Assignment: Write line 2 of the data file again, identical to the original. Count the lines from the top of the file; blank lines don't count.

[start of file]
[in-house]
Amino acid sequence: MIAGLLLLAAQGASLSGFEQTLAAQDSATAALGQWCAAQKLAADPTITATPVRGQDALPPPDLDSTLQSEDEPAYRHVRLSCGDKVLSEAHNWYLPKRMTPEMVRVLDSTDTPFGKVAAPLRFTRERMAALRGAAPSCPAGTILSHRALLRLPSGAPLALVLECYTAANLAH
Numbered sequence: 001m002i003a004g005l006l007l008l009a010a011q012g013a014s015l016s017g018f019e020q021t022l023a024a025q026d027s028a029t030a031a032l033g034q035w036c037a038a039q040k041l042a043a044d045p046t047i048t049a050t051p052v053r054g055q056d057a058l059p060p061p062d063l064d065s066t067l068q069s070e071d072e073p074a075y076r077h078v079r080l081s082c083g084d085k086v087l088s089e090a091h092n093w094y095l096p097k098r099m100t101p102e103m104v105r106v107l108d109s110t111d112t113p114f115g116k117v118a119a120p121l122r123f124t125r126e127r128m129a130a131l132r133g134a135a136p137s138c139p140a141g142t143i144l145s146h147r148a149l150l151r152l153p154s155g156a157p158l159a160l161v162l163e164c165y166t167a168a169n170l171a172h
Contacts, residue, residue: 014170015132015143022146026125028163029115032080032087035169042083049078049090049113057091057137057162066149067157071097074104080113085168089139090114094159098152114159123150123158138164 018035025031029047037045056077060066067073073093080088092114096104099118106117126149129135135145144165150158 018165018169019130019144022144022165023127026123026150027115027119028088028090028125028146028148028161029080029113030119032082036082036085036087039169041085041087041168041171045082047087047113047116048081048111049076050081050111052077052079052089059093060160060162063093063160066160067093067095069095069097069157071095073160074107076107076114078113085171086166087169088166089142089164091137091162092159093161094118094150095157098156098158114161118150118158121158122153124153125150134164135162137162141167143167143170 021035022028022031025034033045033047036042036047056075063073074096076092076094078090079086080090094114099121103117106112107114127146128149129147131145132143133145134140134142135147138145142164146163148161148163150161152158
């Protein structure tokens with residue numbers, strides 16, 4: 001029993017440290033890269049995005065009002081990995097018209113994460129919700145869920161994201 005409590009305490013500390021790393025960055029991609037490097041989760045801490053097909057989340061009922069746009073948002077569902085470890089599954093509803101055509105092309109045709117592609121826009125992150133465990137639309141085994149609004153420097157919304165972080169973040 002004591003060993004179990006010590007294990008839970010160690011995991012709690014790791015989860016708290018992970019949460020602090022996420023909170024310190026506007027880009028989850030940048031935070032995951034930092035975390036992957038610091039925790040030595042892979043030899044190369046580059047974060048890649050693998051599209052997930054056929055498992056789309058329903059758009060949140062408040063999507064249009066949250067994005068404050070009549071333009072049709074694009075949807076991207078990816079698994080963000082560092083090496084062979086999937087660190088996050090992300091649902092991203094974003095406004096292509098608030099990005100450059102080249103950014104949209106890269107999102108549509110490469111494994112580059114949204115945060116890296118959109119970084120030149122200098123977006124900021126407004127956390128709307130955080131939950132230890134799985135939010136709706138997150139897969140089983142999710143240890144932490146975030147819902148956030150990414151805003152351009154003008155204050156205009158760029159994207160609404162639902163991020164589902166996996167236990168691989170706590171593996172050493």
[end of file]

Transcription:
Amino acid sequence: MIAGLLLLAAQGASLSGFEQTLAAQDSATAALGQWCAAQKLAADPTITATPVRGQDALPPPDLDSTLQSEDEPAYRHVRLSCGDKVLSEAHNWYLPKRMTPEMVRVLDSTDTPFGKVAAPLRFTRERMAALRGAAPSCPAGTILSHRALLRLPSGAPLALVLECYTAANLAH